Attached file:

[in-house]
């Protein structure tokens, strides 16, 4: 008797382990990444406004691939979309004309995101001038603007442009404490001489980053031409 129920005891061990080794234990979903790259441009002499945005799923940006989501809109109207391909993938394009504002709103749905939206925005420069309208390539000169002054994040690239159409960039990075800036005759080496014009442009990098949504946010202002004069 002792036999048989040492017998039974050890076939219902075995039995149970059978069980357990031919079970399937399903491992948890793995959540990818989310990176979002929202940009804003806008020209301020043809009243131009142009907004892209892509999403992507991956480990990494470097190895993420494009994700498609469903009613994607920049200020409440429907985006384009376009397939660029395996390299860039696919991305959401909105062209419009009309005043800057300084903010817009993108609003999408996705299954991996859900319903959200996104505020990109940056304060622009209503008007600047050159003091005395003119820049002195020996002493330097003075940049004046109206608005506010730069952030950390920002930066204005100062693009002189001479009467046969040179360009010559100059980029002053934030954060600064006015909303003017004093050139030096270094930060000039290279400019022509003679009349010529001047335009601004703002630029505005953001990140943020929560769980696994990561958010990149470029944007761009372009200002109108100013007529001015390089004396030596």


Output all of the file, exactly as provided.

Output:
[in-house]
């Protein structure tokens, strides 16, 4: 008797382990990444406004691939979309004309995101001038603007442009404490001489980053031409 129920005891061990080794234990979903790259441009002499945005799923940006989501809109109207391909993938394009504002709103749905939206925005420069309208390539000169002054994040690239159409960039990075800036005759080496014009442009990098949504946010202002004069 002792036999048989040492017998039974050890076939219902075995039995149970059978069980357990031919079970399937399903491992948890793995959540990818989310990176979002929202940009804003806008020209301020043809009243131009142009907004892209892509999403992507991956480990990494470097190895993420494009994700498609469903009613994607920049200020409440429907985006384009376009397939660029395996390299860039696919991305959401909105062209419009009309005043800057300084903010817009993108609003999408996705299954991996859900319903959200996104505020990109940056304060622009209503008007600047050159003091005395003119820049002195020996002493330097003075940049004046109206608005506010730069952030950390920002930066204005100062693009002189001479009467046969040179360009010559100059980029002053934030954060600064006015909303003017004093050139030096270094930060000039290279400019022509003679009349010529001047335009601004703002630029505005953001990140943020929560769980696994990561958010990149470029944007761009372009200002109108100013007529001015390089004396030596």